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Dongseok Choi, William O Cepurna, John C Morrison, Elaine C Johnson; Statistical Analysis of Age and Elevated Intraocular Pressure (IOP) Dependent Gene Expression Changes in the Rat Optic Nerve Head (ONH). Invest. Ophthalmol. Vis. Sci. 2014;55(13):2401.
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© ARVO (1962-2015); The Authors (2016-present)
Aging is a top risk factor in glaucoma, yet little is known about its effect on ONH responses in glaucoma models. Previously, we reported ONH gene expression responses to experimentally elevated IOP in 8 month old, adult rats with both early (PMID 20847120) and extensive (PMID 17591886) nerve injury. Because we found that elevated IOP produces more injury in elderly (28 month old) rats, we have conducted a parallel array study using elderly rat ONH. This report directly compares these array sets.
Arrays (N=30) were within-array normalized by a modified Lowess procedure followed by an adapted quantile normalization for across-array and batch effects. Modified F- and t-tests were used to identify differentially expressed genes using the LIMMA package for R language. Fold changes ≥1.3 and false discovery rates adjusted to p<0.05 were considered differentially expressed. DAVID analysis tools were used to functionally categorize affected genes.
Compared to age-matched controls, extensive injury in elderly ONH was associated with far fewer differentially expressed genes (275) than seen earlier in glaucomatous adult ONH (1980). Cell cycle, translation and immune responses were not upregulated. Similarly, early injury in elderly ONH produced only 282 regulated genes and, unlike in adult ONH, affected few cell cycle genes. A control group comparison revealed differential regulation of 2712 genes, with aging primarily downregulating proteolytic processes and upregulating cell cycle genes. Interestingly, over 50% of these 2712 genes were similarly up- or downregulated by elevated IOP in adults, suggesting that aging and IOP-induced injury may affect similar cell functions. Direct comparison of the two extensive injury groups revealed 2113 regulated genes. Elderly glaucomatous ONH failed to upregulate translation, transcription and cell cycle genes, compared to adult glaucomatous ONH.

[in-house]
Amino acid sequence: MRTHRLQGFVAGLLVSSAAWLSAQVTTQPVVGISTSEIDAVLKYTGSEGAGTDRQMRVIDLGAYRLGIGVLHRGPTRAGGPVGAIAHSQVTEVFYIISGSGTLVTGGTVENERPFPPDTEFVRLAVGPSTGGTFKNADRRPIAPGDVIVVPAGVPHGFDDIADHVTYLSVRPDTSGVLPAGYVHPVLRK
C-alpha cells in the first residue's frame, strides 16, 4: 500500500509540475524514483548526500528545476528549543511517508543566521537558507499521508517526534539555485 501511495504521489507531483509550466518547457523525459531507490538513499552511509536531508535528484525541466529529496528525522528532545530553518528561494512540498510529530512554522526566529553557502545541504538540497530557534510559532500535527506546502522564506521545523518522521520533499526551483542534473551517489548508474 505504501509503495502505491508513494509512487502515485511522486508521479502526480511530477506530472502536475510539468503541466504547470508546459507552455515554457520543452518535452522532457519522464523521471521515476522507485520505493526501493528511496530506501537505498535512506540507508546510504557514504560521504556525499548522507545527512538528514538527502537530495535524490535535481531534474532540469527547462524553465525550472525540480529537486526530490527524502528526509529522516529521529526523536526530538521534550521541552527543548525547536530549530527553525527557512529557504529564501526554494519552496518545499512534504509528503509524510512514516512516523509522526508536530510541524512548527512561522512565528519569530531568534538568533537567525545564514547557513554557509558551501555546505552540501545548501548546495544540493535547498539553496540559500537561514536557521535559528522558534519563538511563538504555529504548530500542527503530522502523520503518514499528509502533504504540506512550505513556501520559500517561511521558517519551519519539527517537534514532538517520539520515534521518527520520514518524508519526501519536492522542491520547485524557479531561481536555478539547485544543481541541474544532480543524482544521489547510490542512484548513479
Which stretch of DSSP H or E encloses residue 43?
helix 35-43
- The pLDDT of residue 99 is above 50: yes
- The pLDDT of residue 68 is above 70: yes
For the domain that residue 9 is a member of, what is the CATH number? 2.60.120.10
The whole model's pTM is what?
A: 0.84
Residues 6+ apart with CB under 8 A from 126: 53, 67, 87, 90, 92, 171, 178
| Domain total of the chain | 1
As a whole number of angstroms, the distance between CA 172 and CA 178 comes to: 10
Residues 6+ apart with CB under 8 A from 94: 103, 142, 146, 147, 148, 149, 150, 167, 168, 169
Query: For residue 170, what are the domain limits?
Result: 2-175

For both early and extensive injury, ONH expression responses were greatly attenuated in elderly ONH. Additionally, after adjustment for potential batch effects, aging appeared to have a dramatic effect on both normal and glaucomatous ONH gene expression, compared to parallel adult ONH groups. These observations suggest that age-induced changes in gene expression may provide a genomic basis for the increased susceptibility to glaucoma with aging.
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